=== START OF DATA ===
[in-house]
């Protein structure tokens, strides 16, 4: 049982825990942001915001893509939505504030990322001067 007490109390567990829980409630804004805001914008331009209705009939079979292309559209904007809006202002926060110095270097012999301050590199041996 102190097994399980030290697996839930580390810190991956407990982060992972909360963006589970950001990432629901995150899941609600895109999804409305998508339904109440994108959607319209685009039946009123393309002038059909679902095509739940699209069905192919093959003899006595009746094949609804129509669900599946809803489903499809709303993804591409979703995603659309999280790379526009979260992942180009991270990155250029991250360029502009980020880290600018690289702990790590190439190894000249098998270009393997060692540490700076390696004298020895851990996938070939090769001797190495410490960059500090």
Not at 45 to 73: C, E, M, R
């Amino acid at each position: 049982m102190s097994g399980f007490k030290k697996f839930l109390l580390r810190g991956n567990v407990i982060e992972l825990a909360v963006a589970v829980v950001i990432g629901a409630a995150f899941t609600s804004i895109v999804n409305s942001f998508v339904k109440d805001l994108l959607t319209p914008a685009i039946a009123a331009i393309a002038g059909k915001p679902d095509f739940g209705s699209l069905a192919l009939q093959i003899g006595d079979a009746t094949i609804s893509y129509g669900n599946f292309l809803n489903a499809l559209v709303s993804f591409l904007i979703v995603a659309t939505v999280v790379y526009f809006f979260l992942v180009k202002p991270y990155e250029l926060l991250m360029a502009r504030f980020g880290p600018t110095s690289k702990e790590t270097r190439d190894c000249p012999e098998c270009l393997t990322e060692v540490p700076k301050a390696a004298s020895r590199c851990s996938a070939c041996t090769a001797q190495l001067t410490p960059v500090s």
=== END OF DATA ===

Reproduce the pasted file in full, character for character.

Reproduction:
[in-house]
């Protein structure tokens, strides 16, 4: 049982825990942001915001893509939505504030990322001067 007490109390567990829980409630804004805001914008331009209705009939079979292309559209904007809006202002926060110095270097012999301050590199041996 102190097994399980030290697996839930580390810190991956407990982060992972909360963006589970950001990432629901995150899941609600895109999804409305998508339904109440994108959607319209685009039946009123393309002038059909679902095509739940699209069905192919093959003899006595009746094949609804129509669900599946809803489903499809709303993804591409979703995603659309999280790379526009979260992942180009991270990155250029991250360029502009980020880290600018690289702990790590190439190894000249098998270009393997060692540490700076390696004298020895851990996938070939090769001797190495410490960059500090």
Not at 45 to 73: C, E, M, R
């Amino acid at each position: 049982m102190s097994g399980f007490k030290k697996f839930l109390l580390r810190g991956n567990v407990i982060e992972l825990a909360v963006a589970v829980v950001i990432g629901a409630a995150f899941t609600s804004i895109v999804n409305s942001f998508v339904k109440d805001l994108l959607t319209p914008a685009i039946a009123a331009i393309a002038g059909k915001p679902d095509f739940g209705s699209l069905a192919l009939q093959i003899g006595d079979a009746t094949i609804s893509y129509g669900n599946f292309l809803n489903a499809l559209v709303s993804f591409l904007i979703v995603a659309t939505v999280v790379y526009f809006f979260l992942v180009k202002p991270y990155e250029l926060l991250m360029a502009r504030f980020g880290p600018t110095s690289k702990e790590t270097r190439d190894c000249p012999e098998c270009l393997t990322e060692v540490p700076k301050a390696a004298s020895r590199c851990s996938a070939c041996t090769a001797q190495l001067t410490p960059v500090s």